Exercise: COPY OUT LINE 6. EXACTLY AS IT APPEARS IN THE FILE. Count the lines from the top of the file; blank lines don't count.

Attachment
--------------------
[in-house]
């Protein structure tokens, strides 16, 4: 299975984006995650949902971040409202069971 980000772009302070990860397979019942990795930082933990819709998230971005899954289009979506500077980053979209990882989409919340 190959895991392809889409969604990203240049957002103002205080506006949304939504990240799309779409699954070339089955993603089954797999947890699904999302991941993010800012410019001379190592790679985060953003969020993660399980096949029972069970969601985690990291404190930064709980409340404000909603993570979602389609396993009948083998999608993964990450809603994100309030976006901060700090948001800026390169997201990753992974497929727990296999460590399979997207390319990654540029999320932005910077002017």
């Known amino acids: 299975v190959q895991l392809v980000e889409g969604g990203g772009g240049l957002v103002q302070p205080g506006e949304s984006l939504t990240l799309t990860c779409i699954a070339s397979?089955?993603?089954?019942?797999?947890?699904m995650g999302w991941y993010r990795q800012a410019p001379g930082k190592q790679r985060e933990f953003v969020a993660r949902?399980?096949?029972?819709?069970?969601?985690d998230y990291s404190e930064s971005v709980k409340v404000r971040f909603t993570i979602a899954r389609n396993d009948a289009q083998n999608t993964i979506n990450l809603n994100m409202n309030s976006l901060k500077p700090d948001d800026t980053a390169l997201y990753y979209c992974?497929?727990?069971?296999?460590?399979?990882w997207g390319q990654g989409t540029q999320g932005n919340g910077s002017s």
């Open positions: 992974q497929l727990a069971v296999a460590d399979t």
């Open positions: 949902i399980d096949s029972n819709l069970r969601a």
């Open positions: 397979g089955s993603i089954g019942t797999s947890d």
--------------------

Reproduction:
């Open positions: 397979g089955s993603i089954g019942t797999s947890d």